Mahogany, rosewood, maple, a nitrocellulose finish, 24.75-inch scale length, and a rounded neck carve that's neither too slim nor too fat — the Special checks every Les Paul box. It also comes with a nice padded gig bag.
The Special Tribute offers two pickup choices: mine had a set of humbuckers, but you can get P-90s, as well, if you're after a nastier tone.
When I took the Les Paul Special out of its case and gazed up the white finish, I immediately wanted to affix a few Steve Jones, Sex Pistols-vintage stickers to the guitar and get to some classic punk-rock chugga-chugga playing.
A few seconds later, I was plugged into my Marshall amp and doing just that.
A Les Paul, as befits its jazz-legend namesake, is a versatile instrument. But it's also defiantly so superlative at meat-and-potatoes rock that I cannot imagine why every single aspiring player in that framework wouldn't drop $999 on one of these immediately and never look back.
The Les Paul-Marshall combo is venerable, so you can run a completely basic rig with this axe and reap the rewards. With Marshall's default crunch, you'll sound more or less like what you want, should your jam be straight-ahead rock.
On to the acoustics! Taylor Builder's Edition 324ce takes the familiar cutaway Grand Auditorium style that the California company pioneered and expands on cofounder Bob Taylor's passion for seeking out sustainable sources of tonewoods.
The Builder's Edition 324ce uses "Urban Ash," a term that the company has come up with for wood salvaged from trees that have been culled from California's urban forests. This wood would otherwise end up in landfills.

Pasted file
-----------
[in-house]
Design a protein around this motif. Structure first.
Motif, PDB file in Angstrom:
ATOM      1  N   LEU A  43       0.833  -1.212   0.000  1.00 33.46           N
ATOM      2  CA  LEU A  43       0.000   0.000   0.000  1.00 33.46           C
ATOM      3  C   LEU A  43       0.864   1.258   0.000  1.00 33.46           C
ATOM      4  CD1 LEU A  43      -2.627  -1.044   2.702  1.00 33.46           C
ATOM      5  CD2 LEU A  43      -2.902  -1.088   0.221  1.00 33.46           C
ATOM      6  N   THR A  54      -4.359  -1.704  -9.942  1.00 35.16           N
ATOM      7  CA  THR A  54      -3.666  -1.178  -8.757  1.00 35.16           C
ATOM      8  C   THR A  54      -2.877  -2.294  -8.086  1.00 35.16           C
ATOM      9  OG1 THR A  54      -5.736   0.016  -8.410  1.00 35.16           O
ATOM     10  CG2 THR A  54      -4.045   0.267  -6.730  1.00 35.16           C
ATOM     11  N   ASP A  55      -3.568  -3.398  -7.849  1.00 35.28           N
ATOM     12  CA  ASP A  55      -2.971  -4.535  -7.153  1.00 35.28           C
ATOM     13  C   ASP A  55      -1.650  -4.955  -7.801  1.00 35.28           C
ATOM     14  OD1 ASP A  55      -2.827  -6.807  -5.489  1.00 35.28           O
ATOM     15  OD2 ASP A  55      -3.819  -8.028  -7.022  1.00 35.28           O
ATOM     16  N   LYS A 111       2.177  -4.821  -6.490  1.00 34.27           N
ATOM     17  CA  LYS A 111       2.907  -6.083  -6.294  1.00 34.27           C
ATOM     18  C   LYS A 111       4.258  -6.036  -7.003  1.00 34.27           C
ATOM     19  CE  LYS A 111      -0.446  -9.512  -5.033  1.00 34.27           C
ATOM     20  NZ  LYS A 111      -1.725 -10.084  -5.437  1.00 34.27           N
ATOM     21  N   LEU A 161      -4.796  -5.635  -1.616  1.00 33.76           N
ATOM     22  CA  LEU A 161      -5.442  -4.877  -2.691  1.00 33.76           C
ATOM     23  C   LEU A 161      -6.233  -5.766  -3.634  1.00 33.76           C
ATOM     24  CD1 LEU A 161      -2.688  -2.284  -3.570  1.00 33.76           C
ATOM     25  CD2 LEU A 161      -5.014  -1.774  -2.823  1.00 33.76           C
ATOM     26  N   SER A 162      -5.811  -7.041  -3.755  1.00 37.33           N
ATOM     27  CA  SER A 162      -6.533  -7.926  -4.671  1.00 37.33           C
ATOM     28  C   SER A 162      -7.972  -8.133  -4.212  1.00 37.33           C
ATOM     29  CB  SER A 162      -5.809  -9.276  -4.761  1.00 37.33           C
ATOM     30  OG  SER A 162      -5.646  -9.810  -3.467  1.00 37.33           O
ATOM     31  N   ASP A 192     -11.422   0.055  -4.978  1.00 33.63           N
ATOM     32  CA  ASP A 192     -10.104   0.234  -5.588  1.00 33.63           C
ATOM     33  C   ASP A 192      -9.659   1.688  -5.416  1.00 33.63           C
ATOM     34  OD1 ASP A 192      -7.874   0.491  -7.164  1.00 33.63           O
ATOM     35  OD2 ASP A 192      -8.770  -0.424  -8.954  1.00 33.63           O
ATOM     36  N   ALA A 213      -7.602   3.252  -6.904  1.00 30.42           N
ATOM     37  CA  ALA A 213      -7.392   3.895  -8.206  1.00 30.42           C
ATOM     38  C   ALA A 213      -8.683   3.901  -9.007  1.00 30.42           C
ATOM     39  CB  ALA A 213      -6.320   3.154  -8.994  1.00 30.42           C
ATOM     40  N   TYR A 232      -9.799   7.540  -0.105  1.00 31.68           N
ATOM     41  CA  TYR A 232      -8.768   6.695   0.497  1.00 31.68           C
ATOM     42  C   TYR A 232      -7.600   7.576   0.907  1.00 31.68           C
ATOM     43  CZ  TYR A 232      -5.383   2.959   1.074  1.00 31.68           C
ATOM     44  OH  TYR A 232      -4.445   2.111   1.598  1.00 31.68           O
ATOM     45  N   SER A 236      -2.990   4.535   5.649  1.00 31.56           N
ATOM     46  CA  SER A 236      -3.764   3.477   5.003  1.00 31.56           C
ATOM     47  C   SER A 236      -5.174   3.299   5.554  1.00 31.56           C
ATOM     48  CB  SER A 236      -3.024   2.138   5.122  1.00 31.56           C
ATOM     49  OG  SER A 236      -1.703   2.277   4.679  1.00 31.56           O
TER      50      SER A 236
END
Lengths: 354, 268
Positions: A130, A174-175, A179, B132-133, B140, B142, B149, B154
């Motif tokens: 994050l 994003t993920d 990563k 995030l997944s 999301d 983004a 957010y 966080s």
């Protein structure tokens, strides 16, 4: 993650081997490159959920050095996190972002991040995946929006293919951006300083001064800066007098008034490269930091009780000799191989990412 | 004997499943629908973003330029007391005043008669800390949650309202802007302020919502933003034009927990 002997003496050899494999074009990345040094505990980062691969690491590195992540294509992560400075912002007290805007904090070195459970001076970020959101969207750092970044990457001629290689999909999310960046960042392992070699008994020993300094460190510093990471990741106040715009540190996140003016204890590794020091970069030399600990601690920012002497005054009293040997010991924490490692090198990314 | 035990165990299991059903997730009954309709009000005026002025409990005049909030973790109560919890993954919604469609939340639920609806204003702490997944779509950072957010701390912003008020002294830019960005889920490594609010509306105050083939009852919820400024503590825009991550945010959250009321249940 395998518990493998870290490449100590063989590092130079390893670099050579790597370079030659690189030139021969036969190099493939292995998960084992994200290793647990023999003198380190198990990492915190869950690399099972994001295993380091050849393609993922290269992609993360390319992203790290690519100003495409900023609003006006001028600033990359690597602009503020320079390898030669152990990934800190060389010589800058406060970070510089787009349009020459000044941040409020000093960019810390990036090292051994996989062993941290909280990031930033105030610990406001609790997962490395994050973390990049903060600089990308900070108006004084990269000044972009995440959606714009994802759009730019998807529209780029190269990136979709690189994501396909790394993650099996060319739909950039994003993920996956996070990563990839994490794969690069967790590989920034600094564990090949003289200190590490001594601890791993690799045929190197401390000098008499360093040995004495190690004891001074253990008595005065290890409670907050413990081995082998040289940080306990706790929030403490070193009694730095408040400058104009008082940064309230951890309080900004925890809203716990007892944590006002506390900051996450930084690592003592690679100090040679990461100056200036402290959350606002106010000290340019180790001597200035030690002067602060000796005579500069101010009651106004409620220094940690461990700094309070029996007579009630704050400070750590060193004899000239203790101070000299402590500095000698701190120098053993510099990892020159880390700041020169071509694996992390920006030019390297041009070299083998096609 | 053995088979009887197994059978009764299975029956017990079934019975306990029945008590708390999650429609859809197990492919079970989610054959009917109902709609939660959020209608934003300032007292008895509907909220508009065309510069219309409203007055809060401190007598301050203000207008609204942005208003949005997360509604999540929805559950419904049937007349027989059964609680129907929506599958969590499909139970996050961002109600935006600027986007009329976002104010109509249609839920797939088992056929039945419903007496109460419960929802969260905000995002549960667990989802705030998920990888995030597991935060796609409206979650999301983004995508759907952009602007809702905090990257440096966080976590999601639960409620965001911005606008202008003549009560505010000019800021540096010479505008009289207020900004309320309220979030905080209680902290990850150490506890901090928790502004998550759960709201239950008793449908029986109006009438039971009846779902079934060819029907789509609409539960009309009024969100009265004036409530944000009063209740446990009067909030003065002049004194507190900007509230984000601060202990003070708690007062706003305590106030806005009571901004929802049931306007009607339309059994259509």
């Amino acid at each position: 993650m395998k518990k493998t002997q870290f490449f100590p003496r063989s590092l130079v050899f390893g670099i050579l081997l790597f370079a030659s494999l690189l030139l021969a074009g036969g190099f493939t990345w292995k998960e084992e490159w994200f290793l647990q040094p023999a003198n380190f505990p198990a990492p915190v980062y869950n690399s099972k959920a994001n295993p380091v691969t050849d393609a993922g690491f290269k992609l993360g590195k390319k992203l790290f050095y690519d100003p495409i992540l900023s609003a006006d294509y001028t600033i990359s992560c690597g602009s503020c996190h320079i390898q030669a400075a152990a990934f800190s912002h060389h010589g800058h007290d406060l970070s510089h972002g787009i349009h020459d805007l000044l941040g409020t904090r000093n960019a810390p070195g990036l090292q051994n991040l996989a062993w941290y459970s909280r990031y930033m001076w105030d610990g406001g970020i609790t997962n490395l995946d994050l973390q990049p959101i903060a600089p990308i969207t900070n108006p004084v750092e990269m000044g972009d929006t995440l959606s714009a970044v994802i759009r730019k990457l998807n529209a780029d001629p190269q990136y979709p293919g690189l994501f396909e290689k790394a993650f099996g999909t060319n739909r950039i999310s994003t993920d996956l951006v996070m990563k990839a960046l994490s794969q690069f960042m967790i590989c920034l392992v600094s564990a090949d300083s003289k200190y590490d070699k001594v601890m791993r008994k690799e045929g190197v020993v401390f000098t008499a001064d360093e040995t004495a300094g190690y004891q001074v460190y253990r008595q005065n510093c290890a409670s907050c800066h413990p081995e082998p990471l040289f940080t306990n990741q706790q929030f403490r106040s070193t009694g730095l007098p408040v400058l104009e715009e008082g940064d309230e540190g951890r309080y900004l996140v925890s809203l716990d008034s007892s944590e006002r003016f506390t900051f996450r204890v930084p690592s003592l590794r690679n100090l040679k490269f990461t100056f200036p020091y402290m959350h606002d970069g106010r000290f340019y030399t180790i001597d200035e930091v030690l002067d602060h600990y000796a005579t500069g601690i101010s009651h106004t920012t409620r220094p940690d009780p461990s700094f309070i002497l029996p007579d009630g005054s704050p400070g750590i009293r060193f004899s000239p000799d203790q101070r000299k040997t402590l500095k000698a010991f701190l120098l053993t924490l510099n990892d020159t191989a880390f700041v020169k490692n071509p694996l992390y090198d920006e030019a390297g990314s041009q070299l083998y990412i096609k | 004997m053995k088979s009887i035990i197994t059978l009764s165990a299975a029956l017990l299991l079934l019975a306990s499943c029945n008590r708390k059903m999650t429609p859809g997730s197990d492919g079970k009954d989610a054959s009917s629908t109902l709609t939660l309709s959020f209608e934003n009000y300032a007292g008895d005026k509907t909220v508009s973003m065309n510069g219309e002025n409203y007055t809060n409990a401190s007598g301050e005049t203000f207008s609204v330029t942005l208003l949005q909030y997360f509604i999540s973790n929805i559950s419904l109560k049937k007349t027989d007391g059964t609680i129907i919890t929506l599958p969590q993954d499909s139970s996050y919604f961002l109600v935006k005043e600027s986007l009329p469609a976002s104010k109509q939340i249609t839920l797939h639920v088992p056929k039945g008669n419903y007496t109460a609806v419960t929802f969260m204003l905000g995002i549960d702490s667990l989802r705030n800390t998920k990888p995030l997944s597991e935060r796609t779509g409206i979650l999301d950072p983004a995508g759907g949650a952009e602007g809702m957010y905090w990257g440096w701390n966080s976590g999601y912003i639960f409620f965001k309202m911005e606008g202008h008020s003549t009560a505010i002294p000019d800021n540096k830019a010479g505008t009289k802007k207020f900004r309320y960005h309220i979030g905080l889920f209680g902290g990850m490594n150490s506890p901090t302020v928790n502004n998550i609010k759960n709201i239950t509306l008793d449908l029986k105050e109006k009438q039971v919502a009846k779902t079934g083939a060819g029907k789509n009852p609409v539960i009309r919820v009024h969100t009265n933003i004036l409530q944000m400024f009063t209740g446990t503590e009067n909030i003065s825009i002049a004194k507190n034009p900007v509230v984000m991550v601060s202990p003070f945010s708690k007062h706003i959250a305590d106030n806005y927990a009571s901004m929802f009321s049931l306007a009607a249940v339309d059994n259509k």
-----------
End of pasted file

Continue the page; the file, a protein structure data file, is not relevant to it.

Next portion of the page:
The wood is actually "Shamel ash," and it's found all over the place in the Golden State. For master designer Andy Powers, the timber passed muster for building Taylor-grade acoustics, which are known for their exceptionally high quality and uniformity.
This guitar retails for $2,999 and even with the different wood choice, it's worth every penny: made in Taylor's US factory, with the company's new V-Class bracing under the hood, and decked out with every player-friendly feature the manufacturer has come up with.
The brass-tone Gotoh tuners might have been my favorite touch! Overall, the level of craftsmanship is superb, with basically ever edge rolled and finished beautifully. I sort of felt like the ash trees that ended up in this guitar has ascended to arboreal Elysium.
The antiqued tuners are a nice touch, but they also work like a charm. As with every Taylor I've tested, the setup from the factory was impeccable.